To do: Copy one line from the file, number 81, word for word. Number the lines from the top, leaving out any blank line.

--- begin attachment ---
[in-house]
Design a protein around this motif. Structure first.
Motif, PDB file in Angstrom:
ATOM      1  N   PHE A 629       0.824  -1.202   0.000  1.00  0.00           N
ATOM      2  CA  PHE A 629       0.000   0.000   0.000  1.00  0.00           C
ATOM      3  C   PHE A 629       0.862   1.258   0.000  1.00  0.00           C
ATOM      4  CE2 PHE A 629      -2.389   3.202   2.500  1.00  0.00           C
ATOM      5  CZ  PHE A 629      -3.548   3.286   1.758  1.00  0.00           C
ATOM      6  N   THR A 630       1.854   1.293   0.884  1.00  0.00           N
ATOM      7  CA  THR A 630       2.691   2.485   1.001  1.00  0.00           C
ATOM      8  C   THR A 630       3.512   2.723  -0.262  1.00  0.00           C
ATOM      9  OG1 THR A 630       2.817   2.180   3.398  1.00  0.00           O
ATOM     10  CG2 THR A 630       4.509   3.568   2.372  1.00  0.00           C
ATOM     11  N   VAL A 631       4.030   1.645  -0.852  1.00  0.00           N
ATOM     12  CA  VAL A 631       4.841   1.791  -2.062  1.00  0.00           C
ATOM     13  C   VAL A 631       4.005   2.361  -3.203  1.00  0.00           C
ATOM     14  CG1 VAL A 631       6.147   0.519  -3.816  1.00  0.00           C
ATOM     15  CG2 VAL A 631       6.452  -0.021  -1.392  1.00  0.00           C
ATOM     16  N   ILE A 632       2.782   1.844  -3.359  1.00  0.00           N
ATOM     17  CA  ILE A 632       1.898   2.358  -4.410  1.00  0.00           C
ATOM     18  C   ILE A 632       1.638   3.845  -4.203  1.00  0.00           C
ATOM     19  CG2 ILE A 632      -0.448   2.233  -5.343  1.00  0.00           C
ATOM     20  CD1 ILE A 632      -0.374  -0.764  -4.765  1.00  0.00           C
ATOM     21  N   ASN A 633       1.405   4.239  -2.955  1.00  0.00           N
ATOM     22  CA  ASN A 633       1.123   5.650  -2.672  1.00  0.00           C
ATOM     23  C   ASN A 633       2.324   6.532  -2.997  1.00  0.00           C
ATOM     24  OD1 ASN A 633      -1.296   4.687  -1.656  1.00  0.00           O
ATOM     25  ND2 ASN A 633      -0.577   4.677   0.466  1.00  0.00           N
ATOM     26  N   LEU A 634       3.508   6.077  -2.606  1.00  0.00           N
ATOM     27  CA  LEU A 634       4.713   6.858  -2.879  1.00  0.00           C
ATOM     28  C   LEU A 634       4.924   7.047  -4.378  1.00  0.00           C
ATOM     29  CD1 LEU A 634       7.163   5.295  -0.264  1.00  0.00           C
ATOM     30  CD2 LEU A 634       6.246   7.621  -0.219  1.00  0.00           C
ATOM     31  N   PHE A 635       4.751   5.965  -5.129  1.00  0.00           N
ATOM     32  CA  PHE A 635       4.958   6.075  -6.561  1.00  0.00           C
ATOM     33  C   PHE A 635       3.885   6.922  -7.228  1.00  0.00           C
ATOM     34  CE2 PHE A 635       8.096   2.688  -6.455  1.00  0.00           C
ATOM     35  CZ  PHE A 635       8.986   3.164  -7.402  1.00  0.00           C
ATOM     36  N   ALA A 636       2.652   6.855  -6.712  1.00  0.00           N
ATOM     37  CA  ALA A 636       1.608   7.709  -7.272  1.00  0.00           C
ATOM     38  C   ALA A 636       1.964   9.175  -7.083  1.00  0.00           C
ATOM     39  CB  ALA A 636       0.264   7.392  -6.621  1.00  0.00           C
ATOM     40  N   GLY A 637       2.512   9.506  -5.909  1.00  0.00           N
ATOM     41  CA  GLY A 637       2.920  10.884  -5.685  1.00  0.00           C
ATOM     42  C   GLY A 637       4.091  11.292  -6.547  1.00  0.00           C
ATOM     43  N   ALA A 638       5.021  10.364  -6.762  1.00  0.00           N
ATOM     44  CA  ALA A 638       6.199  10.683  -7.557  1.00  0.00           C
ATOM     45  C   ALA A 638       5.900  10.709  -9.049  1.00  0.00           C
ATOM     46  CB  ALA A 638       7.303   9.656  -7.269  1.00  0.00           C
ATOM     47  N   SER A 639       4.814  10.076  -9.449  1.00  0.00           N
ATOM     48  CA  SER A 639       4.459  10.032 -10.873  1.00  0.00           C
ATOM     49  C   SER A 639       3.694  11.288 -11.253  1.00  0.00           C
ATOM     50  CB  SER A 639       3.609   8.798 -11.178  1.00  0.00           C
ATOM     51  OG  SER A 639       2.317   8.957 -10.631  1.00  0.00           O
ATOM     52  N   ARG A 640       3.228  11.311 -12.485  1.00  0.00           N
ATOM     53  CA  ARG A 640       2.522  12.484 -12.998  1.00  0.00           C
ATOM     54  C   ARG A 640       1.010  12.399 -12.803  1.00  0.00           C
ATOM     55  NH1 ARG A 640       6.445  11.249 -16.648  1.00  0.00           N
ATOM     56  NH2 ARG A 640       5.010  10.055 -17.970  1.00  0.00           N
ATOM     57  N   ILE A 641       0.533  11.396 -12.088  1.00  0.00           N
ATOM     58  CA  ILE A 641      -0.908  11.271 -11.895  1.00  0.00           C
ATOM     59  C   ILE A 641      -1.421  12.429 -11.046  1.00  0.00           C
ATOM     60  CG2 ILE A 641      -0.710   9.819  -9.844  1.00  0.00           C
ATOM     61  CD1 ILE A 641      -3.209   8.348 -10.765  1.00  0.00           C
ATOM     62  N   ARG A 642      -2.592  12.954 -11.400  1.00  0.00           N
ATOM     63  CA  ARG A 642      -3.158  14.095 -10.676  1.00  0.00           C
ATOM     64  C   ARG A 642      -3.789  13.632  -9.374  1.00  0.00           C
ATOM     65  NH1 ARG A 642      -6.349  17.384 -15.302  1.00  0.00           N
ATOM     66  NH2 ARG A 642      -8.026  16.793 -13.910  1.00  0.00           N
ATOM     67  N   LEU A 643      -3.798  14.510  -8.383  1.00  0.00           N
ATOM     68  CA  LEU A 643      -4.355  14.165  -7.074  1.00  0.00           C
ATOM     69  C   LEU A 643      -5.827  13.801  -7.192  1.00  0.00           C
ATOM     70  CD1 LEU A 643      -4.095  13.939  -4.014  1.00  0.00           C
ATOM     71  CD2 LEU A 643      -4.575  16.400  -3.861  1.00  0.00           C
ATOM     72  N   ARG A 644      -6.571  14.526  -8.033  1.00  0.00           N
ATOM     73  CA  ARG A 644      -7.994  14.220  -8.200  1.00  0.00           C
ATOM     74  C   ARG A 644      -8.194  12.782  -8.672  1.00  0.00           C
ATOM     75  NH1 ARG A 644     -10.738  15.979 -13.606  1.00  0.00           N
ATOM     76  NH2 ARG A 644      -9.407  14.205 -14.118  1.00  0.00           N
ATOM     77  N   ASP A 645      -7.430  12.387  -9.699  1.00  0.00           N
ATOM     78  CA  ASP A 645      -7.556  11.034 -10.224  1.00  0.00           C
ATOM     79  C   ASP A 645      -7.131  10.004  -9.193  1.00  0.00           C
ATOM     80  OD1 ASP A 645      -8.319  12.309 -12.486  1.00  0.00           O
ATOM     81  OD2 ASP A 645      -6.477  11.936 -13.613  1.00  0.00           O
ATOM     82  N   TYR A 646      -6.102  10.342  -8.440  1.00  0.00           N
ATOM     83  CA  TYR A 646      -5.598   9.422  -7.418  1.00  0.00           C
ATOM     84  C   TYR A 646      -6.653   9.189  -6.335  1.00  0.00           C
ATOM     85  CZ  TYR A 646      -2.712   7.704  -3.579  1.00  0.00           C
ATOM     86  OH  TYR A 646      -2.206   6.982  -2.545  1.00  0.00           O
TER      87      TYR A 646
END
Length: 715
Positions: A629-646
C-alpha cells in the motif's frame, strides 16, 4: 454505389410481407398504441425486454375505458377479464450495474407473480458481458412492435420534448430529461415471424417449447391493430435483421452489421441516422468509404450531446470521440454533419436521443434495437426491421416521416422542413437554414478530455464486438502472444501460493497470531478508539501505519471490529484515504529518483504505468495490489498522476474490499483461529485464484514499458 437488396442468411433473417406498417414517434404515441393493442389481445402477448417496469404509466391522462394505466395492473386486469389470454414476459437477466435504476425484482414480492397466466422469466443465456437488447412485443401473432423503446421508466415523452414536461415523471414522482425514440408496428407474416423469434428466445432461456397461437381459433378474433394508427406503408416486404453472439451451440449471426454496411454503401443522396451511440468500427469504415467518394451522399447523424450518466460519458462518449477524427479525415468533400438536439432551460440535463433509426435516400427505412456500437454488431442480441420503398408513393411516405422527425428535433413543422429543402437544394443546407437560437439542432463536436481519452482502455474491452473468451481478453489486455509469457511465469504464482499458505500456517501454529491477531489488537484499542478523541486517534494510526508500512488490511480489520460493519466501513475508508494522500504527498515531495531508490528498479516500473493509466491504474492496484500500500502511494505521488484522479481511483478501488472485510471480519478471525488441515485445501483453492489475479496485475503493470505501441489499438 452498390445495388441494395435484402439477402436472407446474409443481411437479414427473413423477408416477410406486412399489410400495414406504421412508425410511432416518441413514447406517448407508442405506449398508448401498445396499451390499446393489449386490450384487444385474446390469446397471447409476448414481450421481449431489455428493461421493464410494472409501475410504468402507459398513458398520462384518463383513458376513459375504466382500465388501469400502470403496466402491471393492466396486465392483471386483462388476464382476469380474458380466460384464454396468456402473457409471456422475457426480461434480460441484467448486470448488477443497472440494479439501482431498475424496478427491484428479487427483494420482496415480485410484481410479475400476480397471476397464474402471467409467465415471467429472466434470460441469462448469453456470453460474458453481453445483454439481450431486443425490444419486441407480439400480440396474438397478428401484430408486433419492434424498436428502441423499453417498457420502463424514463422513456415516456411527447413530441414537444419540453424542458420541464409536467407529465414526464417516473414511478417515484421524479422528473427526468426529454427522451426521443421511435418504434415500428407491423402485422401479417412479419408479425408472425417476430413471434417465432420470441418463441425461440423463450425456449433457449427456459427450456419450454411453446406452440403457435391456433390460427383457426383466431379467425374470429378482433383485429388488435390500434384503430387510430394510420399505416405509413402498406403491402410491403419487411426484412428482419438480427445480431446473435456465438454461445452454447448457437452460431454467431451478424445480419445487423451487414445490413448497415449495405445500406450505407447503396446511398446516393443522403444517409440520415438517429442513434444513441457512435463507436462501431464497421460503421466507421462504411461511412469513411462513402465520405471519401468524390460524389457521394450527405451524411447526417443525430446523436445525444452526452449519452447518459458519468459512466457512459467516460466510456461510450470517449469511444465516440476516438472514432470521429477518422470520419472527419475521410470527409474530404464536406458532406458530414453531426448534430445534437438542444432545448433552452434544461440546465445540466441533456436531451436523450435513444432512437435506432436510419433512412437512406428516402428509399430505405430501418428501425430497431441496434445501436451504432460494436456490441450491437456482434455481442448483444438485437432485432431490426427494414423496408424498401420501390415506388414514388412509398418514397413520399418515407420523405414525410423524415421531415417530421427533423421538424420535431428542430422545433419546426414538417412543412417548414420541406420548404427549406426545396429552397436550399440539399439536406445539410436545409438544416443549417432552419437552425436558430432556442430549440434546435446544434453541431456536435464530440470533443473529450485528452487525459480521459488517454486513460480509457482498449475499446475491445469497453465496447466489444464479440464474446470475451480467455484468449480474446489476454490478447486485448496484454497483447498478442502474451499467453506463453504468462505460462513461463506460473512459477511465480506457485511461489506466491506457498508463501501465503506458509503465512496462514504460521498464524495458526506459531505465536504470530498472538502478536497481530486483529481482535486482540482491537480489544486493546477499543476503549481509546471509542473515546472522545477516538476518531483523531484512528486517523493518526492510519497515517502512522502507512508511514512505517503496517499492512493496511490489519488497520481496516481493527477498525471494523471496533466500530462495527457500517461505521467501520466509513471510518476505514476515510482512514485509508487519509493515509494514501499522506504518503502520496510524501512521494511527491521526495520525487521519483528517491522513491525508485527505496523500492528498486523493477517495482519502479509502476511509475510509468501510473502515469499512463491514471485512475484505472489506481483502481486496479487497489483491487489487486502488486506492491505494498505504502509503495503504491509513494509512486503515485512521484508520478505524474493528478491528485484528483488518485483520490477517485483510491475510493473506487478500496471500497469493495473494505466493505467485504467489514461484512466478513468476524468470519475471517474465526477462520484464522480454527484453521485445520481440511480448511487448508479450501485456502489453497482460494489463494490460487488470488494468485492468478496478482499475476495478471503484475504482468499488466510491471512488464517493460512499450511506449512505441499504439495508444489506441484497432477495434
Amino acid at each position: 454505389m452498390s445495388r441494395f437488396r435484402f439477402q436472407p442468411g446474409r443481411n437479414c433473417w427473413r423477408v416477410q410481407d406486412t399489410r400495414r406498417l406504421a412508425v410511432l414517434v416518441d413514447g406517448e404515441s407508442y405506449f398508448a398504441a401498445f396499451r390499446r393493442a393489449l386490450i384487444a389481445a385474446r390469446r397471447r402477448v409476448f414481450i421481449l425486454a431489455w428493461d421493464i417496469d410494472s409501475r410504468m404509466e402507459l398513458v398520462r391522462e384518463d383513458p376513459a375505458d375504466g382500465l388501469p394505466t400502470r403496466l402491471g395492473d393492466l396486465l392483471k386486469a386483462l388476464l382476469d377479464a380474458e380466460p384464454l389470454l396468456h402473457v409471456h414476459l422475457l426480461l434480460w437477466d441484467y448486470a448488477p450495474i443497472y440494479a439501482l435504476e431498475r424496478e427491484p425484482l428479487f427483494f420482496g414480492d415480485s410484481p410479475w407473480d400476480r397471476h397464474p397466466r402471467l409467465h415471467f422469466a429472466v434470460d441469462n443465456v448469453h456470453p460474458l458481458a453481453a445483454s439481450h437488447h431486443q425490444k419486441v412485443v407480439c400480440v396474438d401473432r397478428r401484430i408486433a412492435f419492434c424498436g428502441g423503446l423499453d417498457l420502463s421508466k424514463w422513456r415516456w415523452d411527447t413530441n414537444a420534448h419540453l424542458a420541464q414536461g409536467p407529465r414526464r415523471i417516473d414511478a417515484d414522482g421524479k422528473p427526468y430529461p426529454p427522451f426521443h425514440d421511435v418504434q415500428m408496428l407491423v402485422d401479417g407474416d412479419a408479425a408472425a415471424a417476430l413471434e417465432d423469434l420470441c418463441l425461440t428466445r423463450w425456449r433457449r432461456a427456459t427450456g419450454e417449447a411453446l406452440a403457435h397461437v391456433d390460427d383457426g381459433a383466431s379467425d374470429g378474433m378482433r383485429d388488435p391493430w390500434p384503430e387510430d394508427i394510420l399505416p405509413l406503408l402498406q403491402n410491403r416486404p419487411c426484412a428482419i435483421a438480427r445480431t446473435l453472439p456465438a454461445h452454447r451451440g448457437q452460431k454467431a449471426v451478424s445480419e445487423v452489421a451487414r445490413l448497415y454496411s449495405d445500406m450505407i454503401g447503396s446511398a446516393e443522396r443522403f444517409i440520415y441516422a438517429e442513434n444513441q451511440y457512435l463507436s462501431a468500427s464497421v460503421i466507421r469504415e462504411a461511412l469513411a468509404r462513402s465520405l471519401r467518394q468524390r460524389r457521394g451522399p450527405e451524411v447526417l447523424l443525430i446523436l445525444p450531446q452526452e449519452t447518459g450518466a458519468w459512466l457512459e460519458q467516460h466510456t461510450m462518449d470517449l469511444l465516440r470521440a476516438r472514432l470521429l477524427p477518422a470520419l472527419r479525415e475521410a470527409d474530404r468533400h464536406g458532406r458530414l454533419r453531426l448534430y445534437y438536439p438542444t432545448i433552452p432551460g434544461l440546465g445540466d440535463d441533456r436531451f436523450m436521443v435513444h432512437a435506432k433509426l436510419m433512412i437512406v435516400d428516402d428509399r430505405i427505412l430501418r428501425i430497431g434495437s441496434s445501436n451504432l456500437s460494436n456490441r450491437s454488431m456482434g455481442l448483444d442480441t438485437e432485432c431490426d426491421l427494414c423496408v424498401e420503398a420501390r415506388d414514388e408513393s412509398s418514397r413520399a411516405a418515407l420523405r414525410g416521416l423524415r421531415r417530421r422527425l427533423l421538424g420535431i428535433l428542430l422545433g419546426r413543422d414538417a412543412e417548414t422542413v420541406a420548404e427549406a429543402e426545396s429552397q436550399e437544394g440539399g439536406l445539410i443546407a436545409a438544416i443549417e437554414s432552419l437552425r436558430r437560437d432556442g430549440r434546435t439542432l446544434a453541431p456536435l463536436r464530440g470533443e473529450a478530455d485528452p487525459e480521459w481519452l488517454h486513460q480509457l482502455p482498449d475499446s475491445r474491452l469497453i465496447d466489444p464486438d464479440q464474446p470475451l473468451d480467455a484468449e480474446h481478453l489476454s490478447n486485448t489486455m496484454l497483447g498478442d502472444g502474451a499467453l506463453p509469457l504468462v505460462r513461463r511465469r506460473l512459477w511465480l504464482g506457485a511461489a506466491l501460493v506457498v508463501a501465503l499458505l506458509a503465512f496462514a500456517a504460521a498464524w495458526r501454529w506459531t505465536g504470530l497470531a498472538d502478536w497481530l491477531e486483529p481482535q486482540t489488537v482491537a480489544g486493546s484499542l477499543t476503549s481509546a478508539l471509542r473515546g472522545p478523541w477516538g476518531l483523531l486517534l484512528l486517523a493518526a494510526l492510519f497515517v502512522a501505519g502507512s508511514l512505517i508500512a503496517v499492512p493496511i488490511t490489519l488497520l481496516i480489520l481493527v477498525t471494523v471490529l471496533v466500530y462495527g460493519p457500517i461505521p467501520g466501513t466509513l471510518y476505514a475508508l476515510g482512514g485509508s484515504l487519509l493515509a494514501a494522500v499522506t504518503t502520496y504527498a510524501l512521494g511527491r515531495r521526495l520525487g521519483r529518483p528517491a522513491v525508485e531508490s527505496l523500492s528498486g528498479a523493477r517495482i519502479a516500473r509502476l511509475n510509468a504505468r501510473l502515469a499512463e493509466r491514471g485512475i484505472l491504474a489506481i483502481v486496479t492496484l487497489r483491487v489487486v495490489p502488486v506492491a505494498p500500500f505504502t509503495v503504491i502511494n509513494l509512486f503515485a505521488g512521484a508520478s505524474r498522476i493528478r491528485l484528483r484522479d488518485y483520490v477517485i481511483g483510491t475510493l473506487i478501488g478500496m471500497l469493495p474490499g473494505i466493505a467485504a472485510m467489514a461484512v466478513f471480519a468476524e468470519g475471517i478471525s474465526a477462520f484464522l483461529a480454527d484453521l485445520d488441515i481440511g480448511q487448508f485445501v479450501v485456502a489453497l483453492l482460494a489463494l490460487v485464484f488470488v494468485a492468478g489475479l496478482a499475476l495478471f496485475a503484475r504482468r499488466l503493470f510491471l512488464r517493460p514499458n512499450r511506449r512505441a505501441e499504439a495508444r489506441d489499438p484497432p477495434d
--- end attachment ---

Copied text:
ATOM     78  CA  ASP A 645      -7.556  11.034 -10.224  1.00  0.00           C